USC student Timothy Gill studying overseas at at Ritsumeikan University in Kyoto, Japan
My name is Tim, I am currently studying at Ritsumeikan University in Kyoto, Japan. Studying overseas has been an eye-opening experience, and I have been able to delve into the language and culture in a way I couldn’t experience anywhere else. A simple bike ride or walk to the university allows me to see various temples and shrines that define the history and identity of Kyoto city. Studying at Ritsumeikan has been a brilliant (and difficult) experience, where the study layout shows the commitment Ritsumeikan places on academic attributes, and how this leads to a rewarding and valuable study experience. During April, the campus itself was drowning in Sakura, transforming the Uni into something out a Ghibli film (my description doesn’t even do it justice).
My experience with Japan has been one of mixed feelings, predominantly due to the fact I could not continue my studies throughout another semester. This semester studying in Kyoto has granted me a much-needed boost in my language ability and my personal study commitments, yet there have been moments where I regret studying instead of seeing events and hidden areas of Kyoto. I’ve been to Fushimi inari Shrine, the Golden temple, the Gion, kiyomizu dera, the imperial grounds, Nijo Castle, etc etc, and I have still barely scratched the surface. Kyoto is also a great middle ground to see other key places in Japan, and a busy train ride into Osaka can open your eyes to a whole new side of Japan. Hiroshima, Tokyo, Nara, Lake Biwa, all these places are easily accessible from Kyoto. However, if you hold an Australia driver license and are a decent driver, applying for an international driver’s permit is highly recommended for the holidays within the semesters.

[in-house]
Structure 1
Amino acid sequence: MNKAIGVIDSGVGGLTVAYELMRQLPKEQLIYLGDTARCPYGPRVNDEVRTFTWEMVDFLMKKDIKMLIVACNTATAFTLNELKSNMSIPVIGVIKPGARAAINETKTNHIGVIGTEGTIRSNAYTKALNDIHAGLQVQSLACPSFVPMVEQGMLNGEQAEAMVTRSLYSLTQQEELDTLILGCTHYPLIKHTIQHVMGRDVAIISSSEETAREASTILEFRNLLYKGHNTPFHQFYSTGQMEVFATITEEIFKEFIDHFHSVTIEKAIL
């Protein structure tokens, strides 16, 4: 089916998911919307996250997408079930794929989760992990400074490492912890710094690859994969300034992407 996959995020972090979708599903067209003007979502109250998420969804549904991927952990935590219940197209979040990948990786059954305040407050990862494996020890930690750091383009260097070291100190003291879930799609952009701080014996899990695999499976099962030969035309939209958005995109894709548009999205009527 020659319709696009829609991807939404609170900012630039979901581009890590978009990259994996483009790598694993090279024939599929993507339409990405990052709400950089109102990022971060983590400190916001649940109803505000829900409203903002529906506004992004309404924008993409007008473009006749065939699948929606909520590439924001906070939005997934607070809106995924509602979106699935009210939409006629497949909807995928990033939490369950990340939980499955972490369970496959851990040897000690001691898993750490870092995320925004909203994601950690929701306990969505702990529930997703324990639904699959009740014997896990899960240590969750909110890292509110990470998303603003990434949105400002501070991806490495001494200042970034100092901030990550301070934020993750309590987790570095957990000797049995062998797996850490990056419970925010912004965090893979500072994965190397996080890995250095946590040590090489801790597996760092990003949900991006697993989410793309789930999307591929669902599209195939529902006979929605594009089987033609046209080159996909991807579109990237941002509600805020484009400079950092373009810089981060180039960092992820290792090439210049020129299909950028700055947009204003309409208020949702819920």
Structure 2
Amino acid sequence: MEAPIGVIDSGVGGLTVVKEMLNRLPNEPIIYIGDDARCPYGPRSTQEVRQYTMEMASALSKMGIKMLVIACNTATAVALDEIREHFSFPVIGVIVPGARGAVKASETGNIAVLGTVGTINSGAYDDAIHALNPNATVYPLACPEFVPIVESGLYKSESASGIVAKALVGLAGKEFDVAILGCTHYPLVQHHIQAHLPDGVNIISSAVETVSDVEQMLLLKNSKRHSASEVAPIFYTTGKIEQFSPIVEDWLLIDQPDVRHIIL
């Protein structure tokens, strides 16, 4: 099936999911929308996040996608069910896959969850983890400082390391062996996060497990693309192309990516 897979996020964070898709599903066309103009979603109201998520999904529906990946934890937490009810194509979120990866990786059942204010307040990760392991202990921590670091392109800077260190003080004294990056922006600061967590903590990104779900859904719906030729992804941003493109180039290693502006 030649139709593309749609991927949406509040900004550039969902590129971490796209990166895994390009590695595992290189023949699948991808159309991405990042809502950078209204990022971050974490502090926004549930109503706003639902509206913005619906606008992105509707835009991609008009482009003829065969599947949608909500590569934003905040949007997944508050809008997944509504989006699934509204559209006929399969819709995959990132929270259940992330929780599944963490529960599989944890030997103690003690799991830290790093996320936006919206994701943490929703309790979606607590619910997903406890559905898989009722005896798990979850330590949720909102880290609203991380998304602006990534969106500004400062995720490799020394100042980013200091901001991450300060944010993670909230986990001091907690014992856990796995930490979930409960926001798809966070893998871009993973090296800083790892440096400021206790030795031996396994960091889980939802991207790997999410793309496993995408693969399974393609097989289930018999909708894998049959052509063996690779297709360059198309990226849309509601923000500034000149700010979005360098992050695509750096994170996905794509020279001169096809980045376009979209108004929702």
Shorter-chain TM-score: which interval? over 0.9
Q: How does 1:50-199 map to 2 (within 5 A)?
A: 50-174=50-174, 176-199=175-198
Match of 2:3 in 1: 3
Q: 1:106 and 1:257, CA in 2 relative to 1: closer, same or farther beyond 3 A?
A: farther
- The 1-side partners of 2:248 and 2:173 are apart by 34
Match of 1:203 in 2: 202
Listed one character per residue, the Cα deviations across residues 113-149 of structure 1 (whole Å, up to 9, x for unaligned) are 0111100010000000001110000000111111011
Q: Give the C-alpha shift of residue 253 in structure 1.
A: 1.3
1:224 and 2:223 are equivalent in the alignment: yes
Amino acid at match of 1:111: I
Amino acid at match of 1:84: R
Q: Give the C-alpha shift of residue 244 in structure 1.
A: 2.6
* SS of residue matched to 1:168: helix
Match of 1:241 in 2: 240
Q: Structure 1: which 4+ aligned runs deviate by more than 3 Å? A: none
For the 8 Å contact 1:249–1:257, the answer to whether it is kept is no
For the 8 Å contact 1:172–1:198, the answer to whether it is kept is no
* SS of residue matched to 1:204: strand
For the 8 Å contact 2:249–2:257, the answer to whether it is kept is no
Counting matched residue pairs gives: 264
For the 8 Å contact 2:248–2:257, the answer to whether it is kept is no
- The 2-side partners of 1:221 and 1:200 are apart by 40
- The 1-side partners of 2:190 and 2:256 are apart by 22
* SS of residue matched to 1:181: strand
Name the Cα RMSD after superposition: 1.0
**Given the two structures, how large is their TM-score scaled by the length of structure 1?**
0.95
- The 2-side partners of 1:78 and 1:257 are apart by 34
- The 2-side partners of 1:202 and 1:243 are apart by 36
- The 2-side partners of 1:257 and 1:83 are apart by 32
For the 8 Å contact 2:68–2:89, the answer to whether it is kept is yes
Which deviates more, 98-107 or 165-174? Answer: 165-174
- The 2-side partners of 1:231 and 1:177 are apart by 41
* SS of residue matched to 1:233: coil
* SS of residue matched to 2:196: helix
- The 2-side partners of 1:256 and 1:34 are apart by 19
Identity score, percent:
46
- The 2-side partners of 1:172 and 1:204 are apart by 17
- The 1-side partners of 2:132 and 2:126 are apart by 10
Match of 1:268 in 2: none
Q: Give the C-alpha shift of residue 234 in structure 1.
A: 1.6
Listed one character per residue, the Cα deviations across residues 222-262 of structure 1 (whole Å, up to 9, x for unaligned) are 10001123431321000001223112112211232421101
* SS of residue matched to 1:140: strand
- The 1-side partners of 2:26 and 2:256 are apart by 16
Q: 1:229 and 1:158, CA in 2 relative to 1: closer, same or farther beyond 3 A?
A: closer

I strongly advise you to attend for a year rather than a single semester (especially if you’re studying overseas for language). My advice would be to immerse yourself as much as possible, as the last thing you want is your experience of Japan to be one of a dusty room covered in empty coffee cups and stained textbooks, instead of experiencing the beauty and hospitality this city has to offer. Study hard (you’ll need it), but climb the mountains, see the rivers, be social, live in Kyoto, and don’t just simply study in it.
– Timothy Gill